Fido - Good Dog
| Here’s the deal. It’s the 50s and a generation ago, some “space dust” arrived in the atmosphere and reanimated corpses into zombies. The living populace fought the “zombie wars” for survival until an enterprising company called Zomcom discovered a method of “killing” the zombies and a method of domesticating them. Now every suburban family has one to do their chores around the house.
Fido, in all its outrageous plot, is intelligent satire that manages to also be entirely entertaining. The 50s represent hypocrisy and idealism and haven’t been used this well as this sort of symbol since Pleasantville. Zomcom represents the omnipresent omnipotent corporation menace that is slowing taking over our lives. The zombies represent, well they can represent many things, from oppressed peoples, foreigners, “infidels,” anything that we are generally afraid of and like to blame all of our own self-created problems on.
All of this is wrapped up in a funny, insightful script with an entertaining and compelling plot.
Fido takes a completely different track than the other “zombie comedy” of late, Shaun of the Dead. Where that film used the zombie conceit to comment on our passionless, repetitive lives, Fido ironically finds “life” in the zombies and liberates them from their exploitation. There is a great line about halfway through where Carrie-Ann Moss decides that she and her son won’t have a funeral and instead are “going zombie!” Most zombie films, even the funny ones, are about trying to survive a zombie onslaught. Fido is about trying to survive the solution.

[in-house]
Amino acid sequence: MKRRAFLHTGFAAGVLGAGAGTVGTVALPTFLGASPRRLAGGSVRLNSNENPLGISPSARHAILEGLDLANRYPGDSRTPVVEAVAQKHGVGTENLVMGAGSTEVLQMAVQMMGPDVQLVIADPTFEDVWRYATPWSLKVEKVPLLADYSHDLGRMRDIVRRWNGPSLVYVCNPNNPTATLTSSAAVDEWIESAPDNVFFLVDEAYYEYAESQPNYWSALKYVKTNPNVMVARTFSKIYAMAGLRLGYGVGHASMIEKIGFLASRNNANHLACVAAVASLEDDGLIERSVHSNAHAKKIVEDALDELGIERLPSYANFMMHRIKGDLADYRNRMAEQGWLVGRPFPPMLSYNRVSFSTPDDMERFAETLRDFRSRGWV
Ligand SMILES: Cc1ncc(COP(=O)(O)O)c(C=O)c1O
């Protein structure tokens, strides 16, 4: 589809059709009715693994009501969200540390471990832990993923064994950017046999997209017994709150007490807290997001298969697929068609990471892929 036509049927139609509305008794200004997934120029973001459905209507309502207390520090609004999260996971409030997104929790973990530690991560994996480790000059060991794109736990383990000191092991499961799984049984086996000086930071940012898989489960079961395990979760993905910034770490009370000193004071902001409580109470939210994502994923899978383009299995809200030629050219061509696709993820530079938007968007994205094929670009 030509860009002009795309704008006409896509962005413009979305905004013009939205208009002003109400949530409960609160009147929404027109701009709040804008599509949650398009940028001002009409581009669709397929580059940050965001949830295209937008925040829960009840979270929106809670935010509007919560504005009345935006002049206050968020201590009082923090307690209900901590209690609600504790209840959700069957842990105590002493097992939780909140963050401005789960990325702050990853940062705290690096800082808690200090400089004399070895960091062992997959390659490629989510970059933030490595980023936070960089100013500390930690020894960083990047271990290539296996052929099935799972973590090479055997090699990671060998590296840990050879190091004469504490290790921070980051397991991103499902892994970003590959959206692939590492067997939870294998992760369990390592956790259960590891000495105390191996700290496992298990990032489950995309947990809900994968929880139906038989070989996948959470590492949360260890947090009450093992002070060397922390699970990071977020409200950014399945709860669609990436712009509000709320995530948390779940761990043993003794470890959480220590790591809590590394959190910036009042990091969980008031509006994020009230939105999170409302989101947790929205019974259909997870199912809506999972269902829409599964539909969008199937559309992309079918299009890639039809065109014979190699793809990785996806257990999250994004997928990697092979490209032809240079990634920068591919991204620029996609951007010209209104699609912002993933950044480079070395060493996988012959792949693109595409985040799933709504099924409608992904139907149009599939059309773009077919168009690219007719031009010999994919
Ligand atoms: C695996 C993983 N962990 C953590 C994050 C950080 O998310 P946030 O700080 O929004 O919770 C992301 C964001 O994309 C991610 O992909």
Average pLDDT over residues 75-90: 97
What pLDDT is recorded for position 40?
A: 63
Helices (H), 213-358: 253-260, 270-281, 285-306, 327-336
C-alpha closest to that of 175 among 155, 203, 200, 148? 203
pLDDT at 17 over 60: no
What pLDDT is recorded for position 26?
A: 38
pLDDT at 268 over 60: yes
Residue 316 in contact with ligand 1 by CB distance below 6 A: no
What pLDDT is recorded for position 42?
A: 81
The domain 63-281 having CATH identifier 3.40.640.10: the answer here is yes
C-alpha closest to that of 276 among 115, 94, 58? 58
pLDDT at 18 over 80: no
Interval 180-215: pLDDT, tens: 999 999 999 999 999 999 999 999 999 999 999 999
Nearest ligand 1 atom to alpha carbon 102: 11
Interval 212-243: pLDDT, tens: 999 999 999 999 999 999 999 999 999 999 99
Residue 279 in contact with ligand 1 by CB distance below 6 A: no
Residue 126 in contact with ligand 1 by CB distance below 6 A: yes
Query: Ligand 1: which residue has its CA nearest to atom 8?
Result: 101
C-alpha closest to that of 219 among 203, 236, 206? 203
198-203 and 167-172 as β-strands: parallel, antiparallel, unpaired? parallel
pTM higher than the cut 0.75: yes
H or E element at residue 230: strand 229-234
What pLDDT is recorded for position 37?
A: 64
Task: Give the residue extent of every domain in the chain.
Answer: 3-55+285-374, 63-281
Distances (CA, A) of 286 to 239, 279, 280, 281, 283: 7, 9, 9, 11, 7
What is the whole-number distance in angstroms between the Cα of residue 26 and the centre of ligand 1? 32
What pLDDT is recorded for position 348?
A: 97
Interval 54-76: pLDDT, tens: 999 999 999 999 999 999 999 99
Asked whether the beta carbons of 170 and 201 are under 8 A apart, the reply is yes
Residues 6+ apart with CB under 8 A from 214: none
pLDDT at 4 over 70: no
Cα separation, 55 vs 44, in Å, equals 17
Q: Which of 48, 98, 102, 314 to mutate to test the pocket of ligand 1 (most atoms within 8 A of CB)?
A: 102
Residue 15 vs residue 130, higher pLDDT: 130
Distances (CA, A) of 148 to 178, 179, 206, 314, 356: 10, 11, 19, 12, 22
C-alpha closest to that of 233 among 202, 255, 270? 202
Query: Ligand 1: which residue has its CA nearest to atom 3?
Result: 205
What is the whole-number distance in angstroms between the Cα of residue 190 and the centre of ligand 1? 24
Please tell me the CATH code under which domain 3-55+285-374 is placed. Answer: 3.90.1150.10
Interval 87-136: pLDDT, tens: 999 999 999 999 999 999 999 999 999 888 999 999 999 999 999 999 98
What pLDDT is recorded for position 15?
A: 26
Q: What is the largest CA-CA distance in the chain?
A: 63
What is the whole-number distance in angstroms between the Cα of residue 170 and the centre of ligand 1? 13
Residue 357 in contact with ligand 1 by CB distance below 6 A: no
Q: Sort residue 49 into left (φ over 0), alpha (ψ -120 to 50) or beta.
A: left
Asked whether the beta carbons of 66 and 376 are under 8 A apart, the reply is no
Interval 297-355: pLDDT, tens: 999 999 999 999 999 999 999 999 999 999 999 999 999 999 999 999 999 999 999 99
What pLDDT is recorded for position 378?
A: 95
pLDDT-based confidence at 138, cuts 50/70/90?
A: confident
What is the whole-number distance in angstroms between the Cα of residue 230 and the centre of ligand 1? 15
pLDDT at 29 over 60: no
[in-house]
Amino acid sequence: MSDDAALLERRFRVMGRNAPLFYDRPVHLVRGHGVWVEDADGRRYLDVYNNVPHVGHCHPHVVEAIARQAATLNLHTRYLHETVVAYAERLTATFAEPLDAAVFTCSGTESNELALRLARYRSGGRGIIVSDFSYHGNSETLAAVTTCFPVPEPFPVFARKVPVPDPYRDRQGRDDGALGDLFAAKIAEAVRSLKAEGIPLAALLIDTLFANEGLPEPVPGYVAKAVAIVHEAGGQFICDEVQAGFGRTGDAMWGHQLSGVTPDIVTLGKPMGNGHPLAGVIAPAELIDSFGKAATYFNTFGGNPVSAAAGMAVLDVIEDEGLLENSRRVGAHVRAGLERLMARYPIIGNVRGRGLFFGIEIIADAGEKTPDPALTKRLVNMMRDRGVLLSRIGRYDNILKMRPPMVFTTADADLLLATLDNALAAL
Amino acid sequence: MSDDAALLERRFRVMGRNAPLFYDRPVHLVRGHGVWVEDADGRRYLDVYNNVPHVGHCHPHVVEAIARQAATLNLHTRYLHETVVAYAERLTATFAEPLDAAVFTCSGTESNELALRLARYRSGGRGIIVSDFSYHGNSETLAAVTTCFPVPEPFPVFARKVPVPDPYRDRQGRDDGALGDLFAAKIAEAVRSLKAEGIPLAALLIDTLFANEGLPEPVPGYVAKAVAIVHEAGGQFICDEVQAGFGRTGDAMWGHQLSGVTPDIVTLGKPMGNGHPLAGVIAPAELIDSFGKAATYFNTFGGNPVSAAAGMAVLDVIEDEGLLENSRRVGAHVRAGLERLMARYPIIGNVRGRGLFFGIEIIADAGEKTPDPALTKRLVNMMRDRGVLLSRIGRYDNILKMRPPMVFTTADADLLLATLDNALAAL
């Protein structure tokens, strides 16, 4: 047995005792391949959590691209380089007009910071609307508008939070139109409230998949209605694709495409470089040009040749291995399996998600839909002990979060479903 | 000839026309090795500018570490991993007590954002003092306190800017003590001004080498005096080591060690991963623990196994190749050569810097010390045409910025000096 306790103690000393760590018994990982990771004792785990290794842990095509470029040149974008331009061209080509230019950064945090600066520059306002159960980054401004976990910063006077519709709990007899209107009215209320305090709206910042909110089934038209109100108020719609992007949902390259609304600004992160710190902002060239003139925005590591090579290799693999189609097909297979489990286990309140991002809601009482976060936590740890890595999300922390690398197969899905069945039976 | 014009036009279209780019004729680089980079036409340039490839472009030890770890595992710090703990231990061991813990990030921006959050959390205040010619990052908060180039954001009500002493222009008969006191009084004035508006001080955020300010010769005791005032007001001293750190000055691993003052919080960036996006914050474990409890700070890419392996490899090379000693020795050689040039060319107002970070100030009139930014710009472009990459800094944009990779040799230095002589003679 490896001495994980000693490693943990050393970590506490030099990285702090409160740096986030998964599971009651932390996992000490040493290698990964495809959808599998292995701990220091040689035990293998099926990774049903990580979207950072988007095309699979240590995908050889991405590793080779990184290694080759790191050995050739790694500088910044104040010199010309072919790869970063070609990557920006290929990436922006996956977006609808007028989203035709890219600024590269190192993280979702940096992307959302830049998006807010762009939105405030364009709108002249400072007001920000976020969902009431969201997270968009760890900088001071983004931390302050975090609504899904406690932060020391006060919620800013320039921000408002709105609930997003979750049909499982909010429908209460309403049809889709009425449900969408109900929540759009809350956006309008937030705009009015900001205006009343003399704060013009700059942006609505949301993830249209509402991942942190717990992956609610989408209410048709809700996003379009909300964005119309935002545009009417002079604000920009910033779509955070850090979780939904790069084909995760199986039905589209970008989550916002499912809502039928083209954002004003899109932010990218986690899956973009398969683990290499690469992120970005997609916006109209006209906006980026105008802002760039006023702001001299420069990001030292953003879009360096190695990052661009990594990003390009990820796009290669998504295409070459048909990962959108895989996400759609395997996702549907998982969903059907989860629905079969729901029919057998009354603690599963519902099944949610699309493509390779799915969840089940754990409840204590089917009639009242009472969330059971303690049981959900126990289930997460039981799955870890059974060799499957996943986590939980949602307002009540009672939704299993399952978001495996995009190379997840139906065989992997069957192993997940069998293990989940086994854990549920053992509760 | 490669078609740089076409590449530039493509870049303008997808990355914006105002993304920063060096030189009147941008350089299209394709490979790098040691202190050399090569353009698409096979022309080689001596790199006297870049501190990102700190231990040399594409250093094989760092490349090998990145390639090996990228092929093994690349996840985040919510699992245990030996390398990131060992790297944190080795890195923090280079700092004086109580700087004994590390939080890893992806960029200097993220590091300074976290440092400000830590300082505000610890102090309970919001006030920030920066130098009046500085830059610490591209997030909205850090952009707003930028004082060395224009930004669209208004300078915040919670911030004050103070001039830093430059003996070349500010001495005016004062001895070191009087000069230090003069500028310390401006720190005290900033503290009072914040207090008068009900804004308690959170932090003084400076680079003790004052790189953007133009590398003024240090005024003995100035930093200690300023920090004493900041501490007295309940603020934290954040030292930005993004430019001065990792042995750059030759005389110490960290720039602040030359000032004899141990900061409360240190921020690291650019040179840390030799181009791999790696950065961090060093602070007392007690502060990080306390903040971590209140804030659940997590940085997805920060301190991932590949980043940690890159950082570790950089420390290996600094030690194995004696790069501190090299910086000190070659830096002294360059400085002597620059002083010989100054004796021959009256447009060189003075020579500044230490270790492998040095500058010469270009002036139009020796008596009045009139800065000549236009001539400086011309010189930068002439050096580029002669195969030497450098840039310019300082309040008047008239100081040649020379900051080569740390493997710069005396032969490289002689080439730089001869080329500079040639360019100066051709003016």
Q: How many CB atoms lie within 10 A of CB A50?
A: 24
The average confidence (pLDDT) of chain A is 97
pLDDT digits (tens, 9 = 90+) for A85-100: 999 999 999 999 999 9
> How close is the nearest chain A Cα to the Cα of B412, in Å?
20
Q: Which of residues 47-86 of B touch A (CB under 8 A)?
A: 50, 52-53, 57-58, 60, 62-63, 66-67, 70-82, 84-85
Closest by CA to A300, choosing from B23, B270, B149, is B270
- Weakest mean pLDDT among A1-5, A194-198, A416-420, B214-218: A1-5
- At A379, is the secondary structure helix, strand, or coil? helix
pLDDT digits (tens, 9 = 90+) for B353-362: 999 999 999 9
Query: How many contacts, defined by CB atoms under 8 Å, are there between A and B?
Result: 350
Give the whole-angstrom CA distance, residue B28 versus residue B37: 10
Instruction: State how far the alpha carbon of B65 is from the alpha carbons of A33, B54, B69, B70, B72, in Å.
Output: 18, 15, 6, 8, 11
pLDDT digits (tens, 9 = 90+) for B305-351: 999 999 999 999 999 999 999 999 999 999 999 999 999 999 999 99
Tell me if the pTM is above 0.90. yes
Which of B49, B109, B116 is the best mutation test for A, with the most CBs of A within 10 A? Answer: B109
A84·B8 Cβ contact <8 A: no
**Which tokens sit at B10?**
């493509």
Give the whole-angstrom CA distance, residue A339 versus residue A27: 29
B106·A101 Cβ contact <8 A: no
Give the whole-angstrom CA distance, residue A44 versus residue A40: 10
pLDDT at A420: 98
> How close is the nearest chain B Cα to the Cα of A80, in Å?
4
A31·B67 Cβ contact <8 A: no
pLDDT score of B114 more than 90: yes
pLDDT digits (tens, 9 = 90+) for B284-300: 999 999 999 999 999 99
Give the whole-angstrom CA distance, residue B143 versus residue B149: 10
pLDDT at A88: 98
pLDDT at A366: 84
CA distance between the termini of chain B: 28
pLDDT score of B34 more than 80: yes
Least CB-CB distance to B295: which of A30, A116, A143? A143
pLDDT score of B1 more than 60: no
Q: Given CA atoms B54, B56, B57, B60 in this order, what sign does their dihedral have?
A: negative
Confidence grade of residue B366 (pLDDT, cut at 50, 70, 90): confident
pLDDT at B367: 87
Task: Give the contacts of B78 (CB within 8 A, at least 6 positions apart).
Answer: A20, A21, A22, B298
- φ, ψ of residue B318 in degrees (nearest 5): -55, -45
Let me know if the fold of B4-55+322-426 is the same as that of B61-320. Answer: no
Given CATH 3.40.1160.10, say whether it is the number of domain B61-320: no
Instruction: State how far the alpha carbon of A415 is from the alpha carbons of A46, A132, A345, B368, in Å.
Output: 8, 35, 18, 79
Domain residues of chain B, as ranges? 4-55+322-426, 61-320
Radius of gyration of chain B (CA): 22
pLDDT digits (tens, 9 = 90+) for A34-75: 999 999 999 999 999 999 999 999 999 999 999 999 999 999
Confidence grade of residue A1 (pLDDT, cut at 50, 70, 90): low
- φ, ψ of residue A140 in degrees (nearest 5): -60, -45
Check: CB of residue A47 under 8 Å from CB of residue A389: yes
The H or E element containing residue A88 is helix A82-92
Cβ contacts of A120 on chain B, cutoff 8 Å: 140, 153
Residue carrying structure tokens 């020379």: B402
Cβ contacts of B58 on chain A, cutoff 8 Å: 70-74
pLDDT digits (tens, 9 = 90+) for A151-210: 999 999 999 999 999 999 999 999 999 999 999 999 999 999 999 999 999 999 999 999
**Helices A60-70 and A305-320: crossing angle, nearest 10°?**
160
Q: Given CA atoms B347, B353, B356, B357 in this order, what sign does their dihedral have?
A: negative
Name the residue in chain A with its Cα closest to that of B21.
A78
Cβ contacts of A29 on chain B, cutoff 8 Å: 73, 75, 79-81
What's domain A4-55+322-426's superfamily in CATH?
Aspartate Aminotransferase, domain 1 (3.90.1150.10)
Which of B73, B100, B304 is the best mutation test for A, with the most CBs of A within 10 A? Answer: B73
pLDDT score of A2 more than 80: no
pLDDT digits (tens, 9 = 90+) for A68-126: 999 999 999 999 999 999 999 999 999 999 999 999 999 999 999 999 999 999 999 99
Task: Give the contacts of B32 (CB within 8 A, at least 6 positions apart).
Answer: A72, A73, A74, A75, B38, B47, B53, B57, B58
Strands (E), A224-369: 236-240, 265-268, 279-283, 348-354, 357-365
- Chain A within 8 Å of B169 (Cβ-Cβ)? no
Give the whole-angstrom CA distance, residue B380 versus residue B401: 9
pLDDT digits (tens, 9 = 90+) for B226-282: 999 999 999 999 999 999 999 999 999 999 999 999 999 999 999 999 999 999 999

And this is a time where trying to survive “solutions” that our governments and corporations are inflicting on us is very relevant. This gives the humour of the film an extra oomph. Not that it needs it. Fido’s script is high wit and the cast is up for it. Besides Carrie-Ann Moss who is wonderfully against type as the typical suburban 50s housewife, there is the delightful Dylan Baker as her repressed husband, the wonderful Tim Blake Nelson (O Brother Where Are’t Thou?) as the odd neighbour and the new K’sun Ray (what were this kids parents thinking anyway?) as the protagonist. This kid has a face of an angel with an old soul behind his eyes. Hopefully he has a bright career ahead of him.
Fido is the kind of refreshing film that comes out of nowhere (although I recognise the years of hard work getting a film like this made) and blindsides you with intelligence, humour and entertainment. Too bad all our trips to the cinema are not this satisfying.